6-year-old Rachel as I was attempting to use the bathroom with an entourage in my midst: “I just realized something. Mommy never gets any alone time. I remember when I started school, and it was quiet and no one was talking, and I thought, ‘This is nice.’ I’d never had that before. Mommy, you still haven’t had it.”
Maybe I need to re-enroll in school.
Then she asked me, “Do you every daydream?”
“I did it once, too.”
Once? You jest, my sweet absent-minded professor. This is the child who lives in La-La Land.
“Please get your coat, Rachel,” I say.
As we are getting to leave, I notice she doesn’t have her coat on or with her. “Where’s your coat?”
Not that Madeline is totally on top of things. Do any of your children always leave drawers, cabinets, closet doors, etc. open? Well, mine does. Every day. Every single time she opens anything. I’ve tried to remind her, but I’m tired of nagging. I am in the acceptance stage. She is a funny, creative, kind child – she doesn’t remember to close things.
Speaking of absentmindedness, we recently read a selection from a library book called Tales for the Telling: Irish Folk & Fairy Stories about a wise, kind, and white cat who recruits a prince to save a princess-prisoner from having to marry a cruel, oafish giant. Well, the cat kept giving the prince warnings that he shouldn’t eat anything because he would forget his mission. The prince kept accidentally eating (so much for mindful eating) and would, not surprisingly, become distracted and forget about poor Princess Cora. Then the loyal cat returns and reproachfully reprimands and reminds him of the prince’s calling. By the time the prince committed his third mental gaffe, Madeline rolled her eyes and said, “Geez. He’s more forgetful than I am, and that’s saying a lot. Who would want to marry him anyway?”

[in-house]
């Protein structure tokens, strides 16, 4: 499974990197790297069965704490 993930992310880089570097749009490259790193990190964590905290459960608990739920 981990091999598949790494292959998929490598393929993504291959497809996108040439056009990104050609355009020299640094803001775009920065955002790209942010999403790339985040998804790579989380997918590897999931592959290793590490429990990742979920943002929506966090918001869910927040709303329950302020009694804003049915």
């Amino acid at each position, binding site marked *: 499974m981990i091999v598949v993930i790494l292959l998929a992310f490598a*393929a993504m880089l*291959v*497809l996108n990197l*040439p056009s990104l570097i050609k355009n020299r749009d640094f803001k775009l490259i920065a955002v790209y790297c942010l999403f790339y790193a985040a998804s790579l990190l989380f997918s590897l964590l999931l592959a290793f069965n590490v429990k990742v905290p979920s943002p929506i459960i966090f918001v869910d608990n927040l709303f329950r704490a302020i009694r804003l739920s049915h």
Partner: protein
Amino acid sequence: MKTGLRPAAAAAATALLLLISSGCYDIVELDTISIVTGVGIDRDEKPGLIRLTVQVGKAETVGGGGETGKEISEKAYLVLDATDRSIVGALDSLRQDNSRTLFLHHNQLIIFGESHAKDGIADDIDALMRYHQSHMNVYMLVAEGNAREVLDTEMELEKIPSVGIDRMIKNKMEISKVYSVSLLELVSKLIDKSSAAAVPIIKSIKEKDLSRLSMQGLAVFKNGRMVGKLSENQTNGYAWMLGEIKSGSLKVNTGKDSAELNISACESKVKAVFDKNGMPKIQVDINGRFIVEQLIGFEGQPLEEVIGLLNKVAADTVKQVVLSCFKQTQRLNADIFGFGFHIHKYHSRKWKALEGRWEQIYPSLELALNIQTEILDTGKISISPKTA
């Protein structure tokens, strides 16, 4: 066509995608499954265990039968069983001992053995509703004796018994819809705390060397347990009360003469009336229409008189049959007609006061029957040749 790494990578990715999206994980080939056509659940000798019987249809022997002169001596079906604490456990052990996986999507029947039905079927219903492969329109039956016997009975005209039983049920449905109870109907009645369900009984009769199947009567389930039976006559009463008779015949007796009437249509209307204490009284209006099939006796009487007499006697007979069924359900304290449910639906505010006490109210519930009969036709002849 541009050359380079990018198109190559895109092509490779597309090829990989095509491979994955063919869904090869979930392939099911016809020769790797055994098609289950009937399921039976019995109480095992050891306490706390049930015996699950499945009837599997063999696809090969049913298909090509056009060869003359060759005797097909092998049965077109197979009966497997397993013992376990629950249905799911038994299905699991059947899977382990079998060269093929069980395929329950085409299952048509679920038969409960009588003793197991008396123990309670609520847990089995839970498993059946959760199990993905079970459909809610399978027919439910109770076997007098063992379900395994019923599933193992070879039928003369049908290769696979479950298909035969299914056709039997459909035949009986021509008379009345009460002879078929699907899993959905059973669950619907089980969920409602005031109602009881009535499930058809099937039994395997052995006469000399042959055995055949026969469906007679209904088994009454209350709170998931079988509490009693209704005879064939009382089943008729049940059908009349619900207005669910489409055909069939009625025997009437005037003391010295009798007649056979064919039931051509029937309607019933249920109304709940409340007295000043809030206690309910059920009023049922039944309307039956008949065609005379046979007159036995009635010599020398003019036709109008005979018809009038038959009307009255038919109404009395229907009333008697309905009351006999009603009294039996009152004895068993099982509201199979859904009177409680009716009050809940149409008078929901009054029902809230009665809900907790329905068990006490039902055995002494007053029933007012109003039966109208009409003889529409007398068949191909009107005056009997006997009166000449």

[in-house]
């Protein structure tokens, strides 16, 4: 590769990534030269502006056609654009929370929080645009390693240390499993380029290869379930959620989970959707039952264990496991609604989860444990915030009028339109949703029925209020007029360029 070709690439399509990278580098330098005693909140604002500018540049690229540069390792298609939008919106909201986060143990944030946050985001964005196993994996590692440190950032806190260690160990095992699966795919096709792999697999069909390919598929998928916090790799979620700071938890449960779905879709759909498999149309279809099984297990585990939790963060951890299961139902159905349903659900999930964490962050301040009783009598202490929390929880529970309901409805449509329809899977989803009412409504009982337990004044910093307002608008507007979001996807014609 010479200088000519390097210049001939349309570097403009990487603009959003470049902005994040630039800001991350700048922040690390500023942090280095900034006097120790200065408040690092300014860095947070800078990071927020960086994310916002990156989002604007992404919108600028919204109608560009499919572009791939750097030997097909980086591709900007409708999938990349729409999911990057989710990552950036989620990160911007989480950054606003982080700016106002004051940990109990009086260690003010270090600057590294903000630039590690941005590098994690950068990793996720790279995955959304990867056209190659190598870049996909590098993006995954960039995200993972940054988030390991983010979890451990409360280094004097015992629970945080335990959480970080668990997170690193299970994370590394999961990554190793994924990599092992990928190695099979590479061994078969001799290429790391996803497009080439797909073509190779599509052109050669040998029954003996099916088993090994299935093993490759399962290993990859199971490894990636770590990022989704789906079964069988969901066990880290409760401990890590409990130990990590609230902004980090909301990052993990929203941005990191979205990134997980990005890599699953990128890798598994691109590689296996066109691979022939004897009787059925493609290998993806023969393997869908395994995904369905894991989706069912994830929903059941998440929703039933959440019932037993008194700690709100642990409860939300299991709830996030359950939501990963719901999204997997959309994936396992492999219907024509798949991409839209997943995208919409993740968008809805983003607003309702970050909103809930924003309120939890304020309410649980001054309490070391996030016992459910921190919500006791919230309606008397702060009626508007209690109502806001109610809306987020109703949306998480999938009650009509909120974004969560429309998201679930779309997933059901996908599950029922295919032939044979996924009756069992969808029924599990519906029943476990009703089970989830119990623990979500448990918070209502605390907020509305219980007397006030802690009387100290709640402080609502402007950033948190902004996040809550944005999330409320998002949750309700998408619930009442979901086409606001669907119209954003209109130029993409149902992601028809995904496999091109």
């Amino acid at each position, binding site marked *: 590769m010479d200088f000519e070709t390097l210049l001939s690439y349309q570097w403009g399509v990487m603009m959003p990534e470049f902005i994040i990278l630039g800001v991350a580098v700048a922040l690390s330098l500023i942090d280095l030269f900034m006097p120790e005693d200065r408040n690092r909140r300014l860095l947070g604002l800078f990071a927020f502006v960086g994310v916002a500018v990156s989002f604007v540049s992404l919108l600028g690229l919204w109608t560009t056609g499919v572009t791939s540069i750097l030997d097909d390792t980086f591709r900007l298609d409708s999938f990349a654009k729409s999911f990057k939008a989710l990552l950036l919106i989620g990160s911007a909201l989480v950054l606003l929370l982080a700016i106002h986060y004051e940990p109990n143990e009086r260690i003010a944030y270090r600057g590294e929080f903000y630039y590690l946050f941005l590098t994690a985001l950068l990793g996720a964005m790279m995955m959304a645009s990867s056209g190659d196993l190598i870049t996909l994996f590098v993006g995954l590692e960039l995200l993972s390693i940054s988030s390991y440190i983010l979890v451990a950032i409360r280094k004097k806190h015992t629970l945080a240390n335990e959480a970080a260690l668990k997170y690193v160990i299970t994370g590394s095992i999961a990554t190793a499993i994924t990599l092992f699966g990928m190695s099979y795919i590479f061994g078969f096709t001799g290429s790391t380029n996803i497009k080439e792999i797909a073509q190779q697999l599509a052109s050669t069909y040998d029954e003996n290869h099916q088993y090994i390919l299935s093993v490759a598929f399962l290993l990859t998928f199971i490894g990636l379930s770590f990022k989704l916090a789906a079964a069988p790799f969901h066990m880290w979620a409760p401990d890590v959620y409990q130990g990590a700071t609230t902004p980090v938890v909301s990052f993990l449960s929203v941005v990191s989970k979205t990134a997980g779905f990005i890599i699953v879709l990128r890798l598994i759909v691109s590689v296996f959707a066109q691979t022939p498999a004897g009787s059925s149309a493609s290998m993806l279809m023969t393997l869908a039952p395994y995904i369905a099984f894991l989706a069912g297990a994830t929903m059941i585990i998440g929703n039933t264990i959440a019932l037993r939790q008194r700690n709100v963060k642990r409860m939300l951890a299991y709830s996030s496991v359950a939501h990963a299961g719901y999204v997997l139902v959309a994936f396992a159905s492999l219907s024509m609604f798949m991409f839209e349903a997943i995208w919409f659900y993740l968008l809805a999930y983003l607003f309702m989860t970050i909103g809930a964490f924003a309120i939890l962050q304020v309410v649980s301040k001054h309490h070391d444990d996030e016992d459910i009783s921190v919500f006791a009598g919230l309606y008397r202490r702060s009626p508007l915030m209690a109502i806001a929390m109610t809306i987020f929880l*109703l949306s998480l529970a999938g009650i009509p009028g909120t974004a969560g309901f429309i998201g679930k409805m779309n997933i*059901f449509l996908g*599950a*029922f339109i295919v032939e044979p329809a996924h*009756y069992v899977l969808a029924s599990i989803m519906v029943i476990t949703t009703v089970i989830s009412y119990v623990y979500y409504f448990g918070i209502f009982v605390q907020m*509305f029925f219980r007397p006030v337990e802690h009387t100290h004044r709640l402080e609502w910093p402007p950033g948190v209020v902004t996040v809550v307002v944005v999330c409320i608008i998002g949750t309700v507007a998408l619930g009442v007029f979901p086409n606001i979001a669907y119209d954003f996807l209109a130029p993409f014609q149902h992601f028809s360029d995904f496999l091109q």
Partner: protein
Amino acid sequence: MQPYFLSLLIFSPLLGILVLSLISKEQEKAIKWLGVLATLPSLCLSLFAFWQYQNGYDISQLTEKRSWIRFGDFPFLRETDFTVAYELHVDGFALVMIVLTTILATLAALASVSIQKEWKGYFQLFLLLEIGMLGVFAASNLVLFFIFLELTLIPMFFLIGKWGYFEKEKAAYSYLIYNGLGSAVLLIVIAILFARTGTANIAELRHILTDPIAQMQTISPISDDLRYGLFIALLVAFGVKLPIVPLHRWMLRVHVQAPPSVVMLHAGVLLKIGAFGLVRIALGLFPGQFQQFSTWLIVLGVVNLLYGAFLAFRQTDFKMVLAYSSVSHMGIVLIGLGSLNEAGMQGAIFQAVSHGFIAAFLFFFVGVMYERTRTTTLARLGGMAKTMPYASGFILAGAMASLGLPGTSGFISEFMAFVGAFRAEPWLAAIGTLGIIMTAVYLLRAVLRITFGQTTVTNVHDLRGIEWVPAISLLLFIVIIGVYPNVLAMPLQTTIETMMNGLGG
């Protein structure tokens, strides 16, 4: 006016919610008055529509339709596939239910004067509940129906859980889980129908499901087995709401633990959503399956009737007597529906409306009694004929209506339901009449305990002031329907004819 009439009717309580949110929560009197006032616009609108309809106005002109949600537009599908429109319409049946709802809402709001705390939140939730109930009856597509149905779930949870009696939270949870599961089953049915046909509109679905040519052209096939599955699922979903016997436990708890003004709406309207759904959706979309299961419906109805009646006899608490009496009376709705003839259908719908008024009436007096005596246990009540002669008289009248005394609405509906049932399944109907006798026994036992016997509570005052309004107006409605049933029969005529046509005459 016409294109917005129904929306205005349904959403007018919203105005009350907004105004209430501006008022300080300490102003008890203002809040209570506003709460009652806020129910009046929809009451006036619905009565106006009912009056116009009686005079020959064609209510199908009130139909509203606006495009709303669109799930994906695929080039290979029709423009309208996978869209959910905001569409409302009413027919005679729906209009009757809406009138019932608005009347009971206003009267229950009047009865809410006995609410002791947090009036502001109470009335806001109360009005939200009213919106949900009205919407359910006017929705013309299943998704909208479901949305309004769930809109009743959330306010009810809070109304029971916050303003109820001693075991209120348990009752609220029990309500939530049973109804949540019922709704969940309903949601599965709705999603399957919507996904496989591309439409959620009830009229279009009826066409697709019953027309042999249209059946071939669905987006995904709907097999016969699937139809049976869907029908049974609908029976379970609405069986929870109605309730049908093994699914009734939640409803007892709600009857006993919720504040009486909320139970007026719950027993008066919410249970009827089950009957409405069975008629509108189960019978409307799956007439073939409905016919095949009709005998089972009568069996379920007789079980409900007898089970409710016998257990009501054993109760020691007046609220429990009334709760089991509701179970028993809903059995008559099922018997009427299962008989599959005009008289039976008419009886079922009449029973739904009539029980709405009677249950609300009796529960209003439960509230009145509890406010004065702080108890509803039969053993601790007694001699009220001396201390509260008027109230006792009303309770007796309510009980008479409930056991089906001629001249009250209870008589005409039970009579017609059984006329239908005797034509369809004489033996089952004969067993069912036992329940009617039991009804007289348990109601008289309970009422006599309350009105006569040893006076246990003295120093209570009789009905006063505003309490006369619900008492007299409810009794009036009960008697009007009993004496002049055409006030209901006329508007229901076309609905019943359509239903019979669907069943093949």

We were leaving for the morning drop-off, and my good friend passed by. I waved enthusiastically at her. She energetically waved back.
“She’s waving furiously, too,” Madeline observed. “You two are geeks.”
She’s just jealous of my our coolness and overzealous friendship. And as my friend – who just started a new blog! – pointed out, “Overzealous waving is the way to go. Otherwise, you just seem aloof.”
We’ve decided to be even more dramatic in my daughter’s presence. It’s fun to embarrass the emerging tween.
I’ve been trying to keep it quiet in the car during Lent, and so I’ve had the pleasure of overhearing some fun musings coming from the backseat. Both Rachel and Madeline were listing all the things they want to do with their lives. They have very ambitious lists: art, soccer, theatre, horseback riding, vet school, gymnastics, teaching, etc. Mary Elizabeth interrupted, “When I grow up, I want to be a mommy.”
Then Thomas piped in. “When I grow up, I want to be a daddy.”
All their pretend house-playing is good practice.
Later that same day, Mary Elizabeth commented to our babysitter, who had just painted her nails, that it takes a long time for the paint to dry.
Thomas joined the conversation. “It takes a long time to,” he said, “grow up.” I hope so. I don’t want my baby boy growing up too quickly.
And that’s a wrap.
Have a wonderful weekend!